The rest of us may think mechatronics is the ultimate in multidisciplinary work, but to Jacob Rosen, associate professor of computer engineering at the University of California of Santa Cruz, "the human body is the most multidisciplinary thing I know of."
That's why Rosen has been working since 1993 on building a robot that someone can wear, a concept best known as an exoskeleton. (See some of Rosen's previous research from the University of Washington's BioRobotics Laboratory.) He received a National Science Foundation grant to develop a fully articulated arm, and worked with the design of a University of Washington mechanical engineering PhD student named Joel Perry.
The result is now ready for commercialization, Rosen believes. People with muscular dystrophy and other neuromuscular disabilities could use the exoskeleton to amplify their muscle strength, and it could also be used for rehabilitation and physical therapy, according to Rosen.
He adds that one of the major challenges in this field is to establish an effective human-machine interface, such that the robot becomes a natural extension of the human body. Rosen has dubbed this the "bio-port," and he cites it as one of the differentiations of his design. "I decided to use a different level of the neural system. My approach is to use surface electronics on the skin on top of the muscles."
Rosen, who has degrees in mechanical engineering, biomedical engineering, and computer engineering, says that his exoskeleton provides seven degrees of freedom, covering 95% of the traditional range of motion. Other systems only offer five degrees of freedom, he notes.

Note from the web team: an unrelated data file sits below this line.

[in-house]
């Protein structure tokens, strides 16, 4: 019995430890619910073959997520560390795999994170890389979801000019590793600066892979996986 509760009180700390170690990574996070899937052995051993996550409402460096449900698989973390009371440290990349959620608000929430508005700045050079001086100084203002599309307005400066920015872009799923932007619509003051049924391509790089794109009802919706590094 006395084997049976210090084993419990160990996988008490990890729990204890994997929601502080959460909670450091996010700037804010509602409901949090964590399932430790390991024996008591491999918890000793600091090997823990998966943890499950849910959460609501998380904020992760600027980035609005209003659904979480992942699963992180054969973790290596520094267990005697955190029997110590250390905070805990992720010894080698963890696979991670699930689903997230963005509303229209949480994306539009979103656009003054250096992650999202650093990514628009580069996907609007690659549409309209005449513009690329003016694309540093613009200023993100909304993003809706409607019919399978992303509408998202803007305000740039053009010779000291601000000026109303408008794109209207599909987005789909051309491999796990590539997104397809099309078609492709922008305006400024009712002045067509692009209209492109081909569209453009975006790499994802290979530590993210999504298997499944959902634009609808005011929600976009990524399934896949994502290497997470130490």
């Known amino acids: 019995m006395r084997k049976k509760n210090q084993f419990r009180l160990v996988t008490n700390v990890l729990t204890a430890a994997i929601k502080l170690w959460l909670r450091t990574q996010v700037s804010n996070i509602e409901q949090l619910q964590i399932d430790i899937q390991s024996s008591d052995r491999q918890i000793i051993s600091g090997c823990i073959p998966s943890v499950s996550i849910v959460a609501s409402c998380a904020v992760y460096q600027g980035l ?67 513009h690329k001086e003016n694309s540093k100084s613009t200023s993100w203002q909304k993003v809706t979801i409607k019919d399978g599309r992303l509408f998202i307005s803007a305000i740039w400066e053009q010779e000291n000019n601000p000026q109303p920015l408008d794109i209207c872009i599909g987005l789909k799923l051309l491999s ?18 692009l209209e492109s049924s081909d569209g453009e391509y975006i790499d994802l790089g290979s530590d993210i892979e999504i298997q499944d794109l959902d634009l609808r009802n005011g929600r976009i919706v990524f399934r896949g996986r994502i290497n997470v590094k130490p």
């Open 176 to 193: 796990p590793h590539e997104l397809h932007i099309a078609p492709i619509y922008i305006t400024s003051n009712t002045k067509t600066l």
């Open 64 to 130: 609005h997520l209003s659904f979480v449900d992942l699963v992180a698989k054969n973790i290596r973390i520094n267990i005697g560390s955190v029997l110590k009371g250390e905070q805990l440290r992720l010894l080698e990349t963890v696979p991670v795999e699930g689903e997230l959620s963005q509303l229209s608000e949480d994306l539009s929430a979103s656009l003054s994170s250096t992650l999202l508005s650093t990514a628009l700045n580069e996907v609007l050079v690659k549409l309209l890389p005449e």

To support seven degrees of freedom requires seven actuators, but in his design, four of the actuators are on the 40-pound base of his device. "Because you only move three of the seven actuators, it's lightweight, and the inertia is less."
While the primary applications of this kind of medical robotics focus on augmenting human capabilities, especially among the disabled, it also brings capabilities to the field of haptics, the science of applying touch to interaction with software. His design uses cables and pulleys because gears generate friction. "The principal idea in haptics is to minimize the effect of the device. You don't want to feel anything. All the gearing system is done with cables so you get almost no friction at all."
As a result, the weight of the exoskeleton to users is about the same weight as their own arm. "We developed a gravity compensation algorithm so that when you wear it, you don't feel the weight as well. To the user, it's weightless."
Rosen is excited by the challenge and the potential of medical mechatronics. "Medical robotics is by definition a multidisciplinary field, and that's one reason I was so attracted to it," Rosen says. "One of the most challenging issues in research and development of medical technology is to create a multidisciplinary group of clinicians and engineers that can effectively communicate and collaborate. We speak different languages, and we have to overcome these barriers in order to work together. But the opportunities to benefit people's lives are tremendous."